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Posts Tagged ‘osprey in action’

As I was walking along a trail last Tuesday at Occoquan Bay National Wildlife Refuge I heard the cry of an Osprey (Pandion haliaetus) that sounded like it was really close. I looked up, reacted quickly, and managed to capture this sequence of shots.

In many ways I should not have been able to get these shots. I had the wrong lens on my camera. Instead of a long telephoto lens, I had my 180mm macro lens. My camera settings were more appropriate for a static portrait than for a moving subject. Fortunately I almost always have my camera set for continuous shooting, so I was able to fire off a quick burst and was pretty pleased with the results.

These images remind me of the importance of taking photos whenever and however you can. Conditions may not be optimal and your gear may not be perfectly suited to the task, but I think it is best not to worry about that when you find yourself presented with a photo opportunity—just shoot it with what you have.

Osprey

Osprey

Osprey

Osprey

© Michael Q. Powell. All rights reserved.

 

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I inched my way forward yesterday when I spotted this bird in a tree at the edge of Lake Cook in Alexandria, Virginia. Gradually I came to see that it was an osprey (Pandion haliaetus) lunching on a fish. When I moved a few steps closer, however, it detected my presence and its reaction was quicker than mine—I couldn’t quite keep the osprey within the frame of my camera.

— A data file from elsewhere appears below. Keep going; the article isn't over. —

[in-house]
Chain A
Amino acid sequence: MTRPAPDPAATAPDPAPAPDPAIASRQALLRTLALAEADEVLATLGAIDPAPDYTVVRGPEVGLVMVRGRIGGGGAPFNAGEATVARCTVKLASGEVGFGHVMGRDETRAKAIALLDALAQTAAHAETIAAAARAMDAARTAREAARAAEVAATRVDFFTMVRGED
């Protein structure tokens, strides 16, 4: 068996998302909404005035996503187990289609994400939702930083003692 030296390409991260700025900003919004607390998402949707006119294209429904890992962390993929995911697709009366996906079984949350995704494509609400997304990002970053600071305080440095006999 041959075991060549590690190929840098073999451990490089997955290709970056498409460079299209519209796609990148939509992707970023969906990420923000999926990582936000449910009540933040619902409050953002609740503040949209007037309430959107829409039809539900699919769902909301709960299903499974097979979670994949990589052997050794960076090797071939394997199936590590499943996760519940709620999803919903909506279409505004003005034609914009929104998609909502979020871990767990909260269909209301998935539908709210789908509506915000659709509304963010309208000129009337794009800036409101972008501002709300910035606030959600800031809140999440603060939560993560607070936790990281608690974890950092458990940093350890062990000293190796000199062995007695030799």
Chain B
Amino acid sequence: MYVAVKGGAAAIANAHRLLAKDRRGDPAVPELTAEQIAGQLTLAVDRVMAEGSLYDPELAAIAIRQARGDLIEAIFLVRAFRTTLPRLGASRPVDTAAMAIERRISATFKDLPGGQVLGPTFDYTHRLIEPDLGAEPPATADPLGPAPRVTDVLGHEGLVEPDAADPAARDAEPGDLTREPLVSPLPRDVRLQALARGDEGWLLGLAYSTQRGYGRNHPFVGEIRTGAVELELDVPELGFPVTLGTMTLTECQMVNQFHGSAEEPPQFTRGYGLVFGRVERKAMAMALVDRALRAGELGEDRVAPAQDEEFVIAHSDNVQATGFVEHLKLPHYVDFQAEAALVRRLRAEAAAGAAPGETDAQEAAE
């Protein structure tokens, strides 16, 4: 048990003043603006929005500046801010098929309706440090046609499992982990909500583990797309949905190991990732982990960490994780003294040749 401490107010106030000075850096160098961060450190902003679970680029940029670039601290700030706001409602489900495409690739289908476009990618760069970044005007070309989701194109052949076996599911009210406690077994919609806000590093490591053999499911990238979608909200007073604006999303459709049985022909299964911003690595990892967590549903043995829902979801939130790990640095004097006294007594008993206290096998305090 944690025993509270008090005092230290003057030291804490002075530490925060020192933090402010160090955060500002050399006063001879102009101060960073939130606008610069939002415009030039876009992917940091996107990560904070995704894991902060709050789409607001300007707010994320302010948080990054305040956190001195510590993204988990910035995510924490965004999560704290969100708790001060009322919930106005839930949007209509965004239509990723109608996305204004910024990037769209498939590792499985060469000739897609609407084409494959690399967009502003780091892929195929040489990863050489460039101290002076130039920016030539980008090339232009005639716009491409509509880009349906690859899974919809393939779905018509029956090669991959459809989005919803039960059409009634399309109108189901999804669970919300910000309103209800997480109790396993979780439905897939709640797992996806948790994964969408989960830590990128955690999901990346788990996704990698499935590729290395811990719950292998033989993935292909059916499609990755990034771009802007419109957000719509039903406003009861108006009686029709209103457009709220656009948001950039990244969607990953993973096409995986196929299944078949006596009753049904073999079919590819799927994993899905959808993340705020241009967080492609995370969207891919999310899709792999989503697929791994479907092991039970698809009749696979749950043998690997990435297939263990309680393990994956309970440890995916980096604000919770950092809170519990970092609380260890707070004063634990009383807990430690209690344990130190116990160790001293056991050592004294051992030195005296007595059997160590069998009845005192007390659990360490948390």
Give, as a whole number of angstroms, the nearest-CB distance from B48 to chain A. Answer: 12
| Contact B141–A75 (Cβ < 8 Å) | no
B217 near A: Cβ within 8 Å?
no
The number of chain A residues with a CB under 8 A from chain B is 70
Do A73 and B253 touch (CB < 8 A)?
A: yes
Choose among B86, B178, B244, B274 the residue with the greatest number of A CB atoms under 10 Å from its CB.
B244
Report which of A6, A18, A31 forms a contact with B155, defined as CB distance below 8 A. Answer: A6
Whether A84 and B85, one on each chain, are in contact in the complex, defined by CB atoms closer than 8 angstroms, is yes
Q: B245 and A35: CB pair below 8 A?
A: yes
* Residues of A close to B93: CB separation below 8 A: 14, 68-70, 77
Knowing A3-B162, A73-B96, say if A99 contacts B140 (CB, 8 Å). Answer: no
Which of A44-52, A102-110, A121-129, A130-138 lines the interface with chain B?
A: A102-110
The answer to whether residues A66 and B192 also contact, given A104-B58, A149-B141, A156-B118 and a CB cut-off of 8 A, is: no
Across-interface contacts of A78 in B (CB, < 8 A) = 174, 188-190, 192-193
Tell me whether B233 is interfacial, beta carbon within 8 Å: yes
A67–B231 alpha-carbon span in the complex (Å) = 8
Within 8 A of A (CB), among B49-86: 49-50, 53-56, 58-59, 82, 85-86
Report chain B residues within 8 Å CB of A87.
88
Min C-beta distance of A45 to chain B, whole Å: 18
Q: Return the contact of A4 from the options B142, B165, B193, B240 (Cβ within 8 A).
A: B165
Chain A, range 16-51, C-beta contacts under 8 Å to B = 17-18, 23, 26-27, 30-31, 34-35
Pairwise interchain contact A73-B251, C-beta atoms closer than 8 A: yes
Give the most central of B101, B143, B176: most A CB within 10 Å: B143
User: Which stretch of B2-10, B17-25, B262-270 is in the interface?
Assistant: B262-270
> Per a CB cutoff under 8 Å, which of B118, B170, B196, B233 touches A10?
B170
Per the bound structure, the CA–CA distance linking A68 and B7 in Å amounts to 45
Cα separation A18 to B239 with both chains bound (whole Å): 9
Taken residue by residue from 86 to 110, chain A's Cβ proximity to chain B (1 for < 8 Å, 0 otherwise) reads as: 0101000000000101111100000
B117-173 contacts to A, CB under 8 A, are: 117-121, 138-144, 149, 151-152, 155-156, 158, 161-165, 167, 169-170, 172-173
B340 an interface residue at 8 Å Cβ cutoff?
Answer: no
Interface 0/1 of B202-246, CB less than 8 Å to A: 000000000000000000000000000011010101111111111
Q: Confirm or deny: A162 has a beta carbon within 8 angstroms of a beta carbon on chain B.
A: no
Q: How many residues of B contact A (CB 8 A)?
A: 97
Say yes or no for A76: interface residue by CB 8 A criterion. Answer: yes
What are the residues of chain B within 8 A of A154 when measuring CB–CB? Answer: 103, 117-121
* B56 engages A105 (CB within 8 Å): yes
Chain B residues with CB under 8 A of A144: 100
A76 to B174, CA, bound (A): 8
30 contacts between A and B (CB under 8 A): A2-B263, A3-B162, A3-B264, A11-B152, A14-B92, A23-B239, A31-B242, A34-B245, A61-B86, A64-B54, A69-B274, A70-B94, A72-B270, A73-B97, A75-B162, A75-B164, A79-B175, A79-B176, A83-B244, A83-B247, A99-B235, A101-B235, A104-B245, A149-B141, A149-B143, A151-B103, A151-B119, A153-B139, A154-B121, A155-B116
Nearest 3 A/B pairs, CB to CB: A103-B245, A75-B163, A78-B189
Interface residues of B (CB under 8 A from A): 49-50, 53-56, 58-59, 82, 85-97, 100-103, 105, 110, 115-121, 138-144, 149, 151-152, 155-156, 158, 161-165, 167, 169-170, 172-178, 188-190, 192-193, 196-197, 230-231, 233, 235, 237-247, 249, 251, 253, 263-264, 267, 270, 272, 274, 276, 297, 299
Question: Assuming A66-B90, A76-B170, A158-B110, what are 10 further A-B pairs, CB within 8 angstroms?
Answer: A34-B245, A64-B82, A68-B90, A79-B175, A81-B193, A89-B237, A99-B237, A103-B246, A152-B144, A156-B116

I have included an image of the osprey just before it took off to give you an idea of what I was seeing as I was doing my best to be stealthy. The eyesight and reactions of raptors is so good that it is really tough to get even this close. I suspect that in this case the osprey was slightly distracted because it was eating.

The osprey did not fly completely out of sight but perched in the highest branches of a tree on the other side of the small lake. There the osprey was able to continue its lunch without further interruptions.

osprey

osprey

© Michael Q. Powell. All rights reserved.

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Earlier this week I watched a pair of Ospreys (Pandion haliaetus) at my local marsh circling about in search of a meal and captured a sequence of shots of a successful effort. I have previously seen ospreys flying with fish in their talons, but I had never actually seen an osprey catch a fish.

The first shot, my favorite, shows the osprey flying away with its prize, just after it plucked the fish out of the water. Initially the osprey spotted the fish (photo 2) and arrested its forward motion to prepare to dive (photo 3). I tried to track the osprey as it dove, but it dropped so quickly that all I got in the frame was the tail end of the bird. It looks like ospreys dive head first toward the water and then at the last minute bring their legs forward so that they hit the water feet first.

The fourth photo gives you an idea of how forcefully the osprey hit the water. It made a loud splash and much of its body looks to be submerged. The final shot shows the osprey emerging from the water, using its impressive wings to generate an amazing amount of power.

OspreyOspreyOspreyOspreyOsprey

© Michael Q. Powell. All rights reserved.

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